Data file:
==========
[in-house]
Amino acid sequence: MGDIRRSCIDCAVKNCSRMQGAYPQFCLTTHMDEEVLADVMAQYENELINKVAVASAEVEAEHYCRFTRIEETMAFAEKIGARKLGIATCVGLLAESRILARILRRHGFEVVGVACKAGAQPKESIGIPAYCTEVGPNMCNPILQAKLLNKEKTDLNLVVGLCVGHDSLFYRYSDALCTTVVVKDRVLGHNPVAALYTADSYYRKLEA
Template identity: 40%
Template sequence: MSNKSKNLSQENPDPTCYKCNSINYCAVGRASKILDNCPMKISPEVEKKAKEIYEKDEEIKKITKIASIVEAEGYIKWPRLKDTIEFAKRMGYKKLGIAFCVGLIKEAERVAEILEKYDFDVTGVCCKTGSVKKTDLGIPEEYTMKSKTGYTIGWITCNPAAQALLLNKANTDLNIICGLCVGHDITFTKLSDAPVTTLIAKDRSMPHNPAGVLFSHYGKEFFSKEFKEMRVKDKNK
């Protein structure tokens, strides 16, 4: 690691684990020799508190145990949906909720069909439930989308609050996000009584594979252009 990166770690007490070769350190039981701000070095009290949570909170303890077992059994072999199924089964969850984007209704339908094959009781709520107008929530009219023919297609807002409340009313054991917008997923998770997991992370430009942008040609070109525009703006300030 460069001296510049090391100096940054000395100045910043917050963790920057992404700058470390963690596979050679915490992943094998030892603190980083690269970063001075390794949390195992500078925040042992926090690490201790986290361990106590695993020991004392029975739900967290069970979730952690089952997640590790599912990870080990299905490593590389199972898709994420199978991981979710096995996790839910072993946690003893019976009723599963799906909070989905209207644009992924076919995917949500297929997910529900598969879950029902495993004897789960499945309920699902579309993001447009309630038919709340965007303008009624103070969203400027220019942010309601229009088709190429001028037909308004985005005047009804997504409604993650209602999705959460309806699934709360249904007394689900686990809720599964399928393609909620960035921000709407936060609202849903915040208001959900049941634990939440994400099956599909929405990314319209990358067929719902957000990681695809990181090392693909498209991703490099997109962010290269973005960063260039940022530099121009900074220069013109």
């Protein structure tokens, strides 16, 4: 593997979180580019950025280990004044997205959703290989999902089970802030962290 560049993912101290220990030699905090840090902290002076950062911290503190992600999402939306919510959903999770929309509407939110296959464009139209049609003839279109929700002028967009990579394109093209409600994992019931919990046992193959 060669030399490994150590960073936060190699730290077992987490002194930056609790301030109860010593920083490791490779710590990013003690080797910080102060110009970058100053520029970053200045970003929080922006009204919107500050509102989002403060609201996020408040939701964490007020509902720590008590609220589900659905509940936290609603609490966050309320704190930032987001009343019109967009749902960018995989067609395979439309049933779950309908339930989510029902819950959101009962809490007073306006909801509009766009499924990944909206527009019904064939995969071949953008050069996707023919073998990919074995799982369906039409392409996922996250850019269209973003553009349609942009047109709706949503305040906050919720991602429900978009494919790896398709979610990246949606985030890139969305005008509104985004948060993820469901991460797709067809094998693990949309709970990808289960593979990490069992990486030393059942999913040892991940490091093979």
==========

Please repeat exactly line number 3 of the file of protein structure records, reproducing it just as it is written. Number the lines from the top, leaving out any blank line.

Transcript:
Template identity: 40%